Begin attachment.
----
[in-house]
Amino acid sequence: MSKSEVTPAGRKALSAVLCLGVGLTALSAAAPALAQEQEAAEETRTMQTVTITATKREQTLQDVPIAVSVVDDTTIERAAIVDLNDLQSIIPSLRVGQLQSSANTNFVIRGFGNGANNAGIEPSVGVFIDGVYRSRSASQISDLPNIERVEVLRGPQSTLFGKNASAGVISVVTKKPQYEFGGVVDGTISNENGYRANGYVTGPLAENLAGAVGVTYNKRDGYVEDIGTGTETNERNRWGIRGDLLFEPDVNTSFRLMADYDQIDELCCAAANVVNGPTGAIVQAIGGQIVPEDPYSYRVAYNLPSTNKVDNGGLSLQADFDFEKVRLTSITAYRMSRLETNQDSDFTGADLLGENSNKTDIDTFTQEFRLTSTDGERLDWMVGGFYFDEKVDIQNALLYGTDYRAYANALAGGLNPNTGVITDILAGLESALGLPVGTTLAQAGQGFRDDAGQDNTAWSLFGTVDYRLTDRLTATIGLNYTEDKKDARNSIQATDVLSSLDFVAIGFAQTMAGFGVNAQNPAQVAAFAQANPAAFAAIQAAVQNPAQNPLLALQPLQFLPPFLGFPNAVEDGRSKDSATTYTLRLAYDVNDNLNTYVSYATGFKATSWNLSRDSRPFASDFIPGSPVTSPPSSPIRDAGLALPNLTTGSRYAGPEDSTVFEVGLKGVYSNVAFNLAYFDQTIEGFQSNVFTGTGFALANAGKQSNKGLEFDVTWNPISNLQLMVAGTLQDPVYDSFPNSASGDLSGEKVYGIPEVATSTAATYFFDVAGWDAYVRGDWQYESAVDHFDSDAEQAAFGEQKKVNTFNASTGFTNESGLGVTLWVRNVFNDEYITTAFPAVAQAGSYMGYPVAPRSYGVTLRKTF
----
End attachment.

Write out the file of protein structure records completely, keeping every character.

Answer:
[in-house]
Amino acid sequence: MSKSEVTPAGRKALSAVLCLGVGLTALSAAAPALAQEQEAAEETRTMQTVTITATKREQTLQDVPIAVSVVDDTTIERAAIVDLNDLQSIIPSLRVGQLQSSANTNFVIRGFGNGANNAGIEPSVGVFIDGVYRSRSASQISDLPNIERVEVLRGPQSTLFGKNASAGVISVVTKKPQYEFGGVVDGTISNENGYRANGYVTGPLAENLAGAVGVTYNKRDGYVEDIGTGTETNERNRWGIRGDLLFEPDVNTSFRLMADYDQIDELCCAAANVVNGPTGAIVQAIGGQIVPEDPYSYRVAYNLPSTNKVDNGGLSLQADFDFEKVRLTSITAYRMSRLETNQDSDFTGADLLGENSNKTDIDTFTQEFRLTSTDGERLDWMVGGFYFDEKVDIQNALLYGTDYRAYANALAGGLNPNTGVITDILAGLESALGLPVGTTLAQAGQGFRDDAGQDNTAWSLFGTVDYRLTDRLTATIGLNYTEDKKDARNSIQATDVLSSLDFVAIGFAQTMAGFGVNAQNPAQVAAFAQANPAAFAAIQAAVQNPAQNPLLALQPLQFLPPFLGFPNAVEDGRSKDSATTYTLRLAYDVNDNLNTYVSYATGFKATSWNLSRDSRPFASDFIPGSPVTSPPSSPIRDAGLALPNLTTGSRYAGPEDSTVFEVGLKGVYSNVAFNLAYFDQTIEGFQSNVFTGTGFALANAGKQSNKGLEFDVTWNPISNLQLMVAGTLQDPVYDSFPNSASGDLSGEKVYGIPEVATSTAATYFFDVAGWDAYVRGDWQYESAVDHFDSDAEQAAFGEQKKVNTFNASTGFTNESGLGVTLWVRNVFNDEYITTAFPAVAQAGSYMGYPVAPRSYGVTLRKTF